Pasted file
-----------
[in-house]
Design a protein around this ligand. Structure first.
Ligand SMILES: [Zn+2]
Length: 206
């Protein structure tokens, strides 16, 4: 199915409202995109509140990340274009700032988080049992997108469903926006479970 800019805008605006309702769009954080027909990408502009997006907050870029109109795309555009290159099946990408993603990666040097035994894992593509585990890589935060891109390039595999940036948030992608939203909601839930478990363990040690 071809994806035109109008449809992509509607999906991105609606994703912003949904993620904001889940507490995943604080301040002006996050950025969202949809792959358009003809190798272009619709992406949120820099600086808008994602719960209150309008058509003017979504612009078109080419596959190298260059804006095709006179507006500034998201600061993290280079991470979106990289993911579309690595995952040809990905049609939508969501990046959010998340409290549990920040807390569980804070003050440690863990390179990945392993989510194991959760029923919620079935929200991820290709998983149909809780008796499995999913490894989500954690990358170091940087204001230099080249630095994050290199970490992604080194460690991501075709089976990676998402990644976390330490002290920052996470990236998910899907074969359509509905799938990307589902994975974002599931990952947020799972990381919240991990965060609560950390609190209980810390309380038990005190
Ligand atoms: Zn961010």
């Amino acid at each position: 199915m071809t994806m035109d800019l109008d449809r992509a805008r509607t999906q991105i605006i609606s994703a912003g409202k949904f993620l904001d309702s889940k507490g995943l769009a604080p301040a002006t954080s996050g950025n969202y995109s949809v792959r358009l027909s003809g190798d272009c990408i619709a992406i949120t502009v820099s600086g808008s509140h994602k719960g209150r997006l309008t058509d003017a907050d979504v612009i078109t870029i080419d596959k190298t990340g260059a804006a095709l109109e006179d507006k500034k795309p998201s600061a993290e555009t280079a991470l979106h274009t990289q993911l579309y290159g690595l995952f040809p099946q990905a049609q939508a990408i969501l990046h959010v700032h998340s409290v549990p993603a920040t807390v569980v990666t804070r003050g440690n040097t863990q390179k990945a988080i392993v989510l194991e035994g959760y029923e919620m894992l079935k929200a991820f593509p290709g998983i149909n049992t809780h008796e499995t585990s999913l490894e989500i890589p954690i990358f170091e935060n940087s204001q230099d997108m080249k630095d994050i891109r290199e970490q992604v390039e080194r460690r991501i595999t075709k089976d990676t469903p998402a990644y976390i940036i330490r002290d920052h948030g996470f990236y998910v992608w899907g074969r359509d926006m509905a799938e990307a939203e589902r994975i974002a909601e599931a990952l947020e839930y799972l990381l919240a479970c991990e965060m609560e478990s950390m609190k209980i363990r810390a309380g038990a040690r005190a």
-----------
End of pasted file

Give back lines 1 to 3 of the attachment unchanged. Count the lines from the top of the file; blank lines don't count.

[in-house]
Design a protein around this ligand. Structure first.
Ligand SMILES: [Zn+2]